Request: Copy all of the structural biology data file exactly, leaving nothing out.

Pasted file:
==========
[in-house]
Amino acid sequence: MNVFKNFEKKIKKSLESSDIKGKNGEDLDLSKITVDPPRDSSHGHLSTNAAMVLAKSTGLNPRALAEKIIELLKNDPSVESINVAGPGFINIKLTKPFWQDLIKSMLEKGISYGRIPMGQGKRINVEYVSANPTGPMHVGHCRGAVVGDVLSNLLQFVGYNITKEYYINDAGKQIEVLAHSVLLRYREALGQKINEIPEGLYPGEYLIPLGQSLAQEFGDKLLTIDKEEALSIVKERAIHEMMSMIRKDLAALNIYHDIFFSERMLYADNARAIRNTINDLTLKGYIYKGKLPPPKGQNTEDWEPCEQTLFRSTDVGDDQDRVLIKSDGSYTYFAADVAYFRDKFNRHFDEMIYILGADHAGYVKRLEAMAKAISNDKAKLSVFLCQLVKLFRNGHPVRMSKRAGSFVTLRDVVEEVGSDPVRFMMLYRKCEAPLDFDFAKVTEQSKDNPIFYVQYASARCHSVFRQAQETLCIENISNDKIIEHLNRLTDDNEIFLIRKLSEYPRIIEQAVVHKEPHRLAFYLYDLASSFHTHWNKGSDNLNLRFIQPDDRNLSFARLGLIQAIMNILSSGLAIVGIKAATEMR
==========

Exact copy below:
[in-house]
Amino acid sequence: MNVFKNFEKKIKKSLESSDIKGKNGEDLDLSKITVDPPRDSSHGHLSTNAAMVLAKSTGLNPRALAEKIIELLKNDPSVESINVAGPGFINIKLTKPFWQDLIKSMLEKGISYGRIPMGQGKRINVEYVSANPTGPMHVGHCRGAVVGDVLSNLLQFVGYNITKEYYINDAGKQIEVLAHSVLLRYREALGQKINEIPEGLYPGEYLIPLGQSLAQEFGDKLLTIDKEEALSIVKERAIHEMMSMIRKDLAALNIYHDIFFSERMLYADNARAIRNTINDLTLKGYIYKGKLPPPKGQNTEDWEPCEQTLFRSTDVGDDQDRVLIKSDGSYTYFAADVAYFRDKFNRHFDEMIYILGADHAGYVKRLEAMAKAISNDKAKLSVFLCQLVKLFRNGHPVRMSKRAGSFVTLRDVVEEVGSDPVRFMMLYRKCEAPLDFDFAKVTEQSKDNPIFYVQYASARCHSVFRQAQETLCIENISNDKIIEHLNRLTDDNEIFLIRKLSEYPRIIEQAVVHKEPHRLAFYLYDLASSFHTHWNKGSDNLNLRFIQPDDRNLSFARLGLIQAIMNILSSGLAIVGIKAATEMR